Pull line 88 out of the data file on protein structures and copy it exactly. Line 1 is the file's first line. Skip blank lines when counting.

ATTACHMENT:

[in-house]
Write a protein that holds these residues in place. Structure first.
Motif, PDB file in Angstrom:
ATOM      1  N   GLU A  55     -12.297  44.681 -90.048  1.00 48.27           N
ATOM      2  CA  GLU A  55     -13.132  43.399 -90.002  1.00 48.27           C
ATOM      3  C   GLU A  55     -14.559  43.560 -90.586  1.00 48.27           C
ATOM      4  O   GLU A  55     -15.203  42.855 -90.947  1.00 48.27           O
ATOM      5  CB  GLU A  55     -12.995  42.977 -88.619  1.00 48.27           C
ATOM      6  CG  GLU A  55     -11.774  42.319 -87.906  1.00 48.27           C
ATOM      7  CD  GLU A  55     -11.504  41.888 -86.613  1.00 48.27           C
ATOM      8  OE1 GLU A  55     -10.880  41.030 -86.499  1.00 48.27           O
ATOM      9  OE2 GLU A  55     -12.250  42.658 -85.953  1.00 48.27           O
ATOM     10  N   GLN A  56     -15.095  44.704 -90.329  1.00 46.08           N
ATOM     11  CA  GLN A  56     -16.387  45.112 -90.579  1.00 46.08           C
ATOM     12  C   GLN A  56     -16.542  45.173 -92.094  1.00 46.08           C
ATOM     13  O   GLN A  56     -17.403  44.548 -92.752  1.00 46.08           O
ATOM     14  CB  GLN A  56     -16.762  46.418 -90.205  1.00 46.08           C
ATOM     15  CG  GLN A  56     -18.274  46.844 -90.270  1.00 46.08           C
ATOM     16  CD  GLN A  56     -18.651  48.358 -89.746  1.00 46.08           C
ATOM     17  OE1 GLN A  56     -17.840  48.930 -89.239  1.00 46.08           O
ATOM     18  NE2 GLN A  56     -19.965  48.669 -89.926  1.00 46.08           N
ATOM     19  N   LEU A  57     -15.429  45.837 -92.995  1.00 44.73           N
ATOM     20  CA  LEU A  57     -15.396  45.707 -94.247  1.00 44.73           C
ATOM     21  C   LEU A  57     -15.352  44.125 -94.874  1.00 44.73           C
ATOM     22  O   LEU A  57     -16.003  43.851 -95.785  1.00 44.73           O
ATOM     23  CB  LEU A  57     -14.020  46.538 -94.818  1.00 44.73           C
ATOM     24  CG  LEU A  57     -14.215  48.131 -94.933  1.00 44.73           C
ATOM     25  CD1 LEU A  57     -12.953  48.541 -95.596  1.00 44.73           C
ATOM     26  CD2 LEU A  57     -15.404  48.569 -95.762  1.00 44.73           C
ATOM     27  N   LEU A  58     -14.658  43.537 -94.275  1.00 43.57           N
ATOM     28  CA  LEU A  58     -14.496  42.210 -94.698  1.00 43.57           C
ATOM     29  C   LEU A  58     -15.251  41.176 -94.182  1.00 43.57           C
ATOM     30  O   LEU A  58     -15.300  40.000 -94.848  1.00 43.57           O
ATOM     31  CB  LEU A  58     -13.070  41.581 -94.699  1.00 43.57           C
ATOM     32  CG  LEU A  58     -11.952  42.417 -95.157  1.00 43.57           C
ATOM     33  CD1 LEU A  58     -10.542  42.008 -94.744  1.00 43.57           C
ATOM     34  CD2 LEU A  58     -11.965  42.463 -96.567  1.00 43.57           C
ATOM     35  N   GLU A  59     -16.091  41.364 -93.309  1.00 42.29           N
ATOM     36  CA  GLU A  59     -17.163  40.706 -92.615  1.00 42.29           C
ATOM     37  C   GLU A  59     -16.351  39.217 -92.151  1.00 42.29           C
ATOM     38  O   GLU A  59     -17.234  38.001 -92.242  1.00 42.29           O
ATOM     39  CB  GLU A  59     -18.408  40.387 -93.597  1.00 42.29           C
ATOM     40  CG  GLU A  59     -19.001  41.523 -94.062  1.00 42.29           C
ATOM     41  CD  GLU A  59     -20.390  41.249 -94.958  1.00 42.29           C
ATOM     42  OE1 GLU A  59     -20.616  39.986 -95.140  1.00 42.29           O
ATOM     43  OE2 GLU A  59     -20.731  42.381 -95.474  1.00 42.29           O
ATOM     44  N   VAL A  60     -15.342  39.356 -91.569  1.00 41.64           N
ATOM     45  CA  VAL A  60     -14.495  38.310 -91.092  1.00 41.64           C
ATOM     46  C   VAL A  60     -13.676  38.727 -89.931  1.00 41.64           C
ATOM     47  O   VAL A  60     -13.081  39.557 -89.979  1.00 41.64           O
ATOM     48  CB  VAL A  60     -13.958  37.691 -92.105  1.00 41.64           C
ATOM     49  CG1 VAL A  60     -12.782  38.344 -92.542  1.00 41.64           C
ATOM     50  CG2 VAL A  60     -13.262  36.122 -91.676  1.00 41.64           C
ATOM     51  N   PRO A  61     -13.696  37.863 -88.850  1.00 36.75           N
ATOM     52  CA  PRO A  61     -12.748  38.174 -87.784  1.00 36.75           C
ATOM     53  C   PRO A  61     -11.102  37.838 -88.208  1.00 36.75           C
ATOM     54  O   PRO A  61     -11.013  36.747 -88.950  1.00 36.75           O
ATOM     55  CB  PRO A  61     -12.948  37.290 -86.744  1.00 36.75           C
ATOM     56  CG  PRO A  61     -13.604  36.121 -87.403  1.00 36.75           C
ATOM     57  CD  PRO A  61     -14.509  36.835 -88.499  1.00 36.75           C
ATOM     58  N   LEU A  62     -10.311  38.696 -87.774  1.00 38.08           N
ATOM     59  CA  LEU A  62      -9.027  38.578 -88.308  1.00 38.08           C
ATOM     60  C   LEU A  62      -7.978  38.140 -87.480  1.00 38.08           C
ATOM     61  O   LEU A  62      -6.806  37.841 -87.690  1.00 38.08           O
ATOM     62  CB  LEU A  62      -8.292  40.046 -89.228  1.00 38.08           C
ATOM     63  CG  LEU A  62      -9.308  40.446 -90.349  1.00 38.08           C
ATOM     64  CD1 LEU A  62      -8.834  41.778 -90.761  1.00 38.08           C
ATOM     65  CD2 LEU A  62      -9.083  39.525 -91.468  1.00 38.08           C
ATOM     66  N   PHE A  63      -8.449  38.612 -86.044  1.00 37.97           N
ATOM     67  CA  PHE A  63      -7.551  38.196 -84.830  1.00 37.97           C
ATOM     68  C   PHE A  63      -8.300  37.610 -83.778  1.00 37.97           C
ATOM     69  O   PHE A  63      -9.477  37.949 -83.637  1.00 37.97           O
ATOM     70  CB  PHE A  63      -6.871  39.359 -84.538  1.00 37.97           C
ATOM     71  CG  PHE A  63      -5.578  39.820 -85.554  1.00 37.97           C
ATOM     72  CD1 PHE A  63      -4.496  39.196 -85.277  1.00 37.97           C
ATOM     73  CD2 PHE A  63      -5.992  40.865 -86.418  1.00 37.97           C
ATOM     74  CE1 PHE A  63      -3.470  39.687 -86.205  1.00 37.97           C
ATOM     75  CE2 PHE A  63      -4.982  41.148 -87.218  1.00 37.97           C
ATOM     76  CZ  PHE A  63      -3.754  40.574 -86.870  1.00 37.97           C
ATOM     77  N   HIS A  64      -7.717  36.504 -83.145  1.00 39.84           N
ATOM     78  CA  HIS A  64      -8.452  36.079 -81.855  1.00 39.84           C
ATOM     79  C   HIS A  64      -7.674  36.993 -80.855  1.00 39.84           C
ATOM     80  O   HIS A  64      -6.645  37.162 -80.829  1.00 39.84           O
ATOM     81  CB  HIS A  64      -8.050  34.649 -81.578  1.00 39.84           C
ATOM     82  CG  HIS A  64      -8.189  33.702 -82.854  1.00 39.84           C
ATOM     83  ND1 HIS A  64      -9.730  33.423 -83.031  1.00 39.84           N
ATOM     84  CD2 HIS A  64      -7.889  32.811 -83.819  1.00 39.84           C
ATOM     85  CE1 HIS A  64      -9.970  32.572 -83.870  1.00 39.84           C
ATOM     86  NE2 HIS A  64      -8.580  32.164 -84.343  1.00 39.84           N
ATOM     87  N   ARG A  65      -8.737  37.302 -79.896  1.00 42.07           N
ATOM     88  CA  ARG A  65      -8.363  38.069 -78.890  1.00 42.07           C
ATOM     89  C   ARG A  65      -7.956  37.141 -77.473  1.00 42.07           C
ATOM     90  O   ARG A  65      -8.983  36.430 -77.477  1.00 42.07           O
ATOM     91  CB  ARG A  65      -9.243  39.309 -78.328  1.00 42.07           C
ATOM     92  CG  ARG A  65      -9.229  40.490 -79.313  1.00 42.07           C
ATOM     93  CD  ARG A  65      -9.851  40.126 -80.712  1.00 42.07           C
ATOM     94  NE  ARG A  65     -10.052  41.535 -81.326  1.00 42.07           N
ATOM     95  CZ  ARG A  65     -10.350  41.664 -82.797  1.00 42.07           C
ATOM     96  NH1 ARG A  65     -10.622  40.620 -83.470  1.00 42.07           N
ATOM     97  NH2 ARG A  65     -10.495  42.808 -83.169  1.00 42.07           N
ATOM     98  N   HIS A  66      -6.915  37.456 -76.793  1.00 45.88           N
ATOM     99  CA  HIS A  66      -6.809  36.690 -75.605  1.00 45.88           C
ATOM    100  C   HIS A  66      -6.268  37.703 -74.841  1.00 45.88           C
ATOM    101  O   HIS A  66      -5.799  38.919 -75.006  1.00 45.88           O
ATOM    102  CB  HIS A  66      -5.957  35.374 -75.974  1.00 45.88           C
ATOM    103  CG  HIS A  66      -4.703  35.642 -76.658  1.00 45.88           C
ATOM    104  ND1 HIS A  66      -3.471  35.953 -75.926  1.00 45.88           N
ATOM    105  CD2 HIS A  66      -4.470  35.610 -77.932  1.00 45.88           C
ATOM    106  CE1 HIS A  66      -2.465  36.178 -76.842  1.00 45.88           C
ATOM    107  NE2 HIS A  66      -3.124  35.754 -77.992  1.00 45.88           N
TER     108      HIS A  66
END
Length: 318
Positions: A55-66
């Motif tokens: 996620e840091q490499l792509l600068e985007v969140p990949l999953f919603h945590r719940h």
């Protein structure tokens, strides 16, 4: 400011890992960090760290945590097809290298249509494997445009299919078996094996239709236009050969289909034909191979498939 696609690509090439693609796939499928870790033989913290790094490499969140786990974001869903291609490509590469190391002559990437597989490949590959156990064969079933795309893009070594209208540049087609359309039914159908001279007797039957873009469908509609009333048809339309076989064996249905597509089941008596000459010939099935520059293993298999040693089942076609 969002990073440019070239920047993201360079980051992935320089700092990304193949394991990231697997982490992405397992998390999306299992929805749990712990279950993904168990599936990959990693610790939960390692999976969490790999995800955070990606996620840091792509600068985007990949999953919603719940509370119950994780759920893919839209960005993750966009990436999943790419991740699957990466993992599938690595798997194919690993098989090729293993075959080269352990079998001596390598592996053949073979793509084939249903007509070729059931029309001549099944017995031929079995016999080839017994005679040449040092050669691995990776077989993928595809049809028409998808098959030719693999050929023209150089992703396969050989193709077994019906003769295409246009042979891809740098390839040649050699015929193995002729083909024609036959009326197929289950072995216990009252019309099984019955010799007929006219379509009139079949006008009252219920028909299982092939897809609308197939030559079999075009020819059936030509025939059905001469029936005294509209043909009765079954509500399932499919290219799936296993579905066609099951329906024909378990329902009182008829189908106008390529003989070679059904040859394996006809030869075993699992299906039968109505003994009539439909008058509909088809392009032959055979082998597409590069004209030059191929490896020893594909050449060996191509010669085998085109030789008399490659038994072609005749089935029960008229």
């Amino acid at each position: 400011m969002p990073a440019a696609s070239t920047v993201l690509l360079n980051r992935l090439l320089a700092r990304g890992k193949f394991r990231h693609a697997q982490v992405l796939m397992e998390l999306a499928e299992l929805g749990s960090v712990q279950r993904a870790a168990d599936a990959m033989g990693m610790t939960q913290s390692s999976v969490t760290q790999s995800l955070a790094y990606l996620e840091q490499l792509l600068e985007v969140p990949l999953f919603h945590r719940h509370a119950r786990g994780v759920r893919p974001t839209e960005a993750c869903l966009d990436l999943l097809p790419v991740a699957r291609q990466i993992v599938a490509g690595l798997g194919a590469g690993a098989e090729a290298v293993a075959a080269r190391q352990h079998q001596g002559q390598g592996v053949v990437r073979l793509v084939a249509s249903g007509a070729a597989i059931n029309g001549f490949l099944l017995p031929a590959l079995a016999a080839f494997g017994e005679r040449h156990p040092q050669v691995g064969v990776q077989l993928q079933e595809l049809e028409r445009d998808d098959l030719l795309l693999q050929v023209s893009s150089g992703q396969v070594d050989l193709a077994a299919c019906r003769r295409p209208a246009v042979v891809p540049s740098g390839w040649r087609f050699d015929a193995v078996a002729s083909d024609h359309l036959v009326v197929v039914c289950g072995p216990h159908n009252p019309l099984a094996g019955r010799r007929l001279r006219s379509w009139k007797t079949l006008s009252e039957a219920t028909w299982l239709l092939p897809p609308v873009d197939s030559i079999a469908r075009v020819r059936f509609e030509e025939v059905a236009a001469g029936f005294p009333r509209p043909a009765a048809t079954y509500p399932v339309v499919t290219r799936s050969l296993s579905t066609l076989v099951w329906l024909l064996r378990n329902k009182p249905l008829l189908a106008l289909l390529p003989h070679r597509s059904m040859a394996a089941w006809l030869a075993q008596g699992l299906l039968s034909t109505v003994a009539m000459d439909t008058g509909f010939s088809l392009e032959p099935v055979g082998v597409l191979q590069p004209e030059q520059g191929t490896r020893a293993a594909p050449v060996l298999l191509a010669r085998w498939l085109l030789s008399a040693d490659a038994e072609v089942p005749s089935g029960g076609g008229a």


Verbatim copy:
ATOM     85  CE1 HIS A  64      -9.970  32.572 -83.870  1.00 39.84           C